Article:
Hungate has produced two series of Trails leaflets, about rood screens and stained glass, guiding visitors around some of the finest examples in Norfolk parish churches
Each leaflet features several churches in a local area. Paper copies are available to buy in Hungate and the pdfs are free to download here, but please do make a donation if you are able to.
ROOD SCREEN TRAILS
The rood or chancel screen was the visual focus of the medieval parish church, separating the sacred space of the chancel from the public nave. In East Anglia, many richly decorated screens survive as testimony to the impressive craft of medieval painters and carpenters and also to parish pride and patronage. These screens are a unique reminder of the engagement of ordinary people with the Christian church and of their devotional preferences, representing one of the most important means of communication before widespread literacy. As a body, existing fifteenth-century rood screen paintings form the most significant corpus of late medieval English painting.
This series aims to draw attention to some of these medieval treasures and to encourage visitors to explore the beautiful churches where these screens are to be found.
The trails were written and produced by Hungate Medieval Art in collaboration with Lucy Wrapson at the Hamilton Kerr Institute as part of the 2012 ‘Heaven’s Gate: Medieval Rood Screens from Norfolk’ exhibition. They were designed by Brian Williams Korteling and printed with support of the Barbara Whatmore Charitable Trust. We are grateful to Lucy Wrapson and to Paul Hurst for the use of their photographs to illustrate these leaflets. Paul Hurst’s photographs of rood screens also feature in the book Norfolk Rood Screens by Paul Hurst and Jeremy Haselock (Phillimore, 2012).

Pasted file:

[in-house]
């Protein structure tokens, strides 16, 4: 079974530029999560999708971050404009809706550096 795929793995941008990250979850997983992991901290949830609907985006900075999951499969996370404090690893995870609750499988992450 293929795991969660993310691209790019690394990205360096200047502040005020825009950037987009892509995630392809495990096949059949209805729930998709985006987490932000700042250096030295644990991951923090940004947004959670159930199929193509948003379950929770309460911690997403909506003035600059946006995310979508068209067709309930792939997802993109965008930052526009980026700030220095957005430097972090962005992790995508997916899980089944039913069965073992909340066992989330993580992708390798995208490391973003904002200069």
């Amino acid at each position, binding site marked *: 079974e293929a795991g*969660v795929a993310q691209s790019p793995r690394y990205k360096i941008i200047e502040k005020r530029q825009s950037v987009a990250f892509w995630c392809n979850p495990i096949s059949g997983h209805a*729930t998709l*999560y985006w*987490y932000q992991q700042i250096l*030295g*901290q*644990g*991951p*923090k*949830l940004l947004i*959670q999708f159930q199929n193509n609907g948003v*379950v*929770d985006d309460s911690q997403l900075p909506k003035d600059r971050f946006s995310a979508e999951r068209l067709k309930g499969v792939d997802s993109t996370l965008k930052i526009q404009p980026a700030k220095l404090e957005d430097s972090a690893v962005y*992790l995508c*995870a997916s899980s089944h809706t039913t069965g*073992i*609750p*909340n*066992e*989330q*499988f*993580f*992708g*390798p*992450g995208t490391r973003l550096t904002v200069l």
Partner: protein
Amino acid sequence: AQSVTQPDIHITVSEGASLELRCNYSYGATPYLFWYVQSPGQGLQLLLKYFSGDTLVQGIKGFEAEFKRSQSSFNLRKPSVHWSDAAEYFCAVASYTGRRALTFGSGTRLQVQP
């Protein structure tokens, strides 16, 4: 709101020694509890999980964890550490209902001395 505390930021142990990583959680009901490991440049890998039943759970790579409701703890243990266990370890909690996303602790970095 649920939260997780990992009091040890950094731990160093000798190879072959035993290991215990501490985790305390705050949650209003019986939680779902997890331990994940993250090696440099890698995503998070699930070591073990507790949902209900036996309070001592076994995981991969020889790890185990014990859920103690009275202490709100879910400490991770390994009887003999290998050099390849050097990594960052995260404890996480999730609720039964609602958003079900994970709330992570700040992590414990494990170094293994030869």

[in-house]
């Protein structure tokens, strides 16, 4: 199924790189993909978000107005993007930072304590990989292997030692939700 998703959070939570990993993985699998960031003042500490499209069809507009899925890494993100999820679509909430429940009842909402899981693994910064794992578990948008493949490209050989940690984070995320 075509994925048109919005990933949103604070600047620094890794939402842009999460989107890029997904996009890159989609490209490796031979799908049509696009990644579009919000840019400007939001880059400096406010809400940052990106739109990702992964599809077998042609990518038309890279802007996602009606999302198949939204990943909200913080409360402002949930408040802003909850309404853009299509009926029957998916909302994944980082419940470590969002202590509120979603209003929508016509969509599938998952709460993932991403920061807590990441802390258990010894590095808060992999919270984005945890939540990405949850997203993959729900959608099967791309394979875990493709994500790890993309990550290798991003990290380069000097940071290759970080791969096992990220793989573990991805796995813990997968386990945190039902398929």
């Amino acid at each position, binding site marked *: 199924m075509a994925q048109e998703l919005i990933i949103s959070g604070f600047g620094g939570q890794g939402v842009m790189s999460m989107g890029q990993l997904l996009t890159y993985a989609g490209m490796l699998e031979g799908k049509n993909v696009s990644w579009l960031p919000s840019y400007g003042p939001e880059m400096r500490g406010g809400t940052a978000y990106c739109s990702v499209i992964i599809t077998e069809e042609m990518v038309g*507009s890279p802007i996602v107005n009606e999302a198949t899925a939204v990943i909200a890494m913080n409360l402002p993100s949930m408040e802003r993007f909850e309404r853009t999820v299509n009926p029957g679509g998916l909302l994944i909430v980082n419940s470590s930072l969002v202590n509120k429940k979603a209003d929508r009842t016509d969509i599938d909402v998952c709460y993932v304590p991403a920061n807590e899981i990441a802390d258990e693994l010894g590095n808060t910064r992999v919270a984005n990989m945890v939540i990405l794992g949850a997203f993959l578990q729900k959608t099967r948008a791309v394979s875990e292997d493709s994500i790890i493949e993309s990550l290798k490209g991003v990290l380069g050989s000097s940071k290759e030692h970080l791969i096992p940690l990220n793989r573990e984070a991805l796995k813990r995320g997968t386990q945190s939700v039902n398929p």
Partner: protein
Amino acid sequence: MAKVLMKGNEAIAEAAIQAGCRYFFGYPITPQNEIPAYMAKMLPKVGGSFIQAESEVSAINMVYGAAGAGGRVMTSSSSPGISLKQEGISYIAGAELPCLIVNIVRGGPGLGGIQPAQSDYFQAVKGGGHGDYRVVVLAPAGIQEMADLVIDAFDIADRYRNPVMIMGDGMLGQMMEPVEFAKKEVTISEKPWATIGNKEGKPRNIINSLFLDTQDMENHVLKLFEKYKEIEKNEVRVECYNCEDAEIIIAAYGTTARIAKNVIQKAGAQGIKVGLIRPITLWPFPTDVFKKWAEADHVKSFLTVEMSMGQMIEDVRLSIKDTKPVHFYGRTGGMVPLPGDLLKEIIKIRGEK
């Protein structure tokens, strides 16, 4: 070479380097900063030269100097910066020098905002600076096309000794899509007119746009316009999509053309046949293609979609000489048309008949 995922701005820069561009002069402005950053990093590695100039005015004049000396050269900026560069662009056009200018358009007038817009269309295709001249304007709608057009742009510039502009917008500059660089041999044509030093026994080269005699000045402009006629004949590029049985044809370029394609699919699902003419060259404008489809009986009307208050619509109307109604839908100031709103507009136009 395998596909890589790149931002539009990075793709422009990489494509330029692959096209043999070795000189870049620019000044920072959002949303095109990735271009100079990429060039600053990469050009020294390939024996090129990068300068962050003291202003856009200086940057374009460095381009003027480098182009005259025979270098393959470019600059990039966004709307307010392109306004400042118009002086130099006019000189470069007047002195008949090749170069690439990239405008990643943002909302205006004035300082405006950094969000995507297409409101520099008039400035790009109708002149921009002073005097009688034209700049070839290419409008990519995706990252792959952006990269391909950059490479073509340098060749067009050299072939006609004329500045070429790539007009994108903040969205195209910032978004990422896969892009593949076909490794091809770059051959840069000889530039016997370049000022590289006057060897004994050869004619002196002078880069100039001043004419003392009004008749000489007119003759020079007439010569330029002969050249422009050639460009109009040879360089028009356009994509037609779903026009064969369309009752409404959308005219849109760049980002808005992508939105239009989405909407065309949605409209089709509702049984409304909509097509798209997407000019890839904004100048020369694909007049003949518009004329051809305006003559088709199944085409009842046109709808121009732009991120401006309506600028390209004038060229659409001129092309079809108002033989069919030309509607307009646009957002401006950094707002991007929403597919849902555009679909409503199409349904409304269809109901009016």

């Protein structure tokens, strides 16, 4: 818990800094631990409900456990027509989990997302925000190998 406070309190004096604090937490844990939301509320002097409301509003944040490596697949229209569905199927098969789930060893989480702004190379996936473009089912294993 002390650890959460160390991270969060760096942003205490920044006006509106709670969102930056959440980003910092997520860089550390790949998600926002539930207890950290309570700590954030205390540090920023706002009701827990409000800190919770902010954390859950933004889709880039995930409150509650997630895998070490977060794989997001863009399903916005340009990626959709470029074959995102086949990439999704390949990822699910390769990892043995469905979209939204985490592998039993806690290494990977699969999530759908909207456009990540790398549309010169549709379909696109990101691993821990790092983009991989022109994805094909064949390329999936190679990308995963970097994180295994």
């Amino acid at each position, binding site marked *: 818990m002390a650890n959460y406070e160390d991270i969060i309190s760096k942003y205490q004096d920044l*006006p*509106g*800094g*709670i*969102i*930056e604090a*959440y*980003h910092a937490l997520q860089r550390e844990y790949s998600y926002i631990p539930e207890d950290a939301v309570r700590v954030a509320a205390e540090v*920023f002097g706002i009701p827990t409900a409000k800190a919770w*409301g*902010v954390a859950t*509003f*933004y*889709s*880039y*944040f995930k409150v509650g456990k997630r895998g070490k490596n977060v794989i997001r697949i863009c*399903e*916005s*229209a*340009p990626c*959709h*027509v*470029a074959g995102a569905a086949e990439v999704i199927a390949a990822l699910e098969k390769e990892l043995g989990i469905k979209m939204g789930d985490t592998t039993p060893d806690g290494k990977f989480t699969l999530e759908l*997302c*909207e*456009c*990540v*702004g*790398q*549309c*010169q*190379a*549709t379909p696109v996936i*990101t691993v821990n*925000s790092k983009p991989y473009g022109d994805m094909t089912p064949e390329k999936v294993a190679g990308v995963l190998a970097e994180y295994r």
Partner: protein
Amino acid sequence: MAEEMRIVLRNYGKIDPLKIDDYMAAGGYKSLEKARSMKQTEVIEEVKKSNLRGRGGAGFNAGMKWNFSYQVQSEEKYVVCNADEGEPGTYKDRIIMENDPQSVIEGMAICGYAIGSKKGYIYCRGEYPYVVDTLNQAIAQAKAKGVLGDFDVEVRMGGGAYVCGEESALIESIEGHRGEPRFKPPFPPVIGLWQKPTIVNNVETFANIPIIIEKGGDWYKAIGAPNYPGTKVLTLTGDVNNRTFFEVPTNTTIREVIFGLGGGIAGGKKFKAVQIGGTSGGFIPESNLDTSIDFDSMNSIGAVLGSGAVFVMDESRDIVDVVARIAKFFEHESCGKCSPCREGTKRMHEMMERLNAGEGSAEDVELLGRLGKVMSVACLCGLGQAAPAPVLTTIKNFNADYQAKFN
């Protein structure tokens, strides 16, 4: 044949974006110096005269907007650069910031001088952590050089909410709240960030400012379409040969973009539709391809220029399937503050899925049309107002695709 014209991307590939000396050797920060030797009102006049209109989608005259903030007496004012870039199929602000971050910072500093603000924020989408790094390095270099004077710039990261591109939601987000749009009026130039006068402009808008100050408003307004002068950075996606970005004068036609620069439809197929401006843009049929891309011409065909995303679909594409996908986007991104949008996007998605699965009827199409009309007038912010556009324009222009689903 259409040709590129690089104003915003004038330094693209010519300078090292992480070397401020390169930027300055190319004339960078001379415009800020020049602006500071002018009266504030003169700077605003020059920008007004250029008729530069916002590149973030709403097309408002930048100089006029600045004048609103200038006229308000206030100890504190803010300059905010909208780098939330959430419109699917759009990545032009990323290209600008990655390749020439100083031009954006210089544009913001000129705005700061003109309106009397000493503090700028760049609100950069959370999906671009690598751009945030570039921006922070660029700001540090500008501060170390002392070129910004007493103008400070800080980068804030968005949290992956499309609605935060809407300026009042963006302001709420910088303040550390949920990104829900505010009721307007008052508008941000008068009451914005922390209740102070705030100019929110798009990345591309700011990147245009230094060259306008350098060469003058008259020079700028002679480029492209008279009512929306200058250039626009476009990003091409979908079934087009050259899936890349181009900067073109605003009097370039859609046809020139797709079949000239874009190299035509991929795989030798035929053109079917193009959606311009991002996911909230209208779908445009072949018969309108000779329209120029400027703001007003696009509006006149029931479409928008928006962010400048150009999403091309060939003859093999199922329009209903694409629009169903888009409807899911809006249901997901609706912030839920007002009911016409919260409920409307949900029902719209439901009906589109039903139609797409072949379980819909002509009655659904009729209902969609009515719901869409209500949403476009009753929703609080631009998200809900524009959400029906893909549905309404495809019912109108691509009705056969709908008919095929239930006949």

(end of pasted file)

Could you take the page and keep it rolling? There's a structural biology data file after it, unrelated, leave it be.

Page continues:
STAINED GLASS TRAILS
In spite of its deep, rich colours, beautiful draftsmanship and fascinating imagery, stained glass is one of the most under-rated artistic legacies of the medieval period. A distinctive style and quality of craftsmanship has led to stained glass made by Norwich workshops being displayed in museum collections across the world but, largely unknown to visitors, medieval glass remains in over 200 of the county’s parish churches.
This series aims to draw attention to some of these medieval treasures and encourage visitors to explore the beautiful churches where these windows are to be found.
Written and produced by Hungate Medieval Art with David King at the University of East Anglia as part of the 2008 Stained Glass exhibition (leaflets published 2009). Photos with thanks to Mike Dixon and David King. Designed by The Click Design Consultants.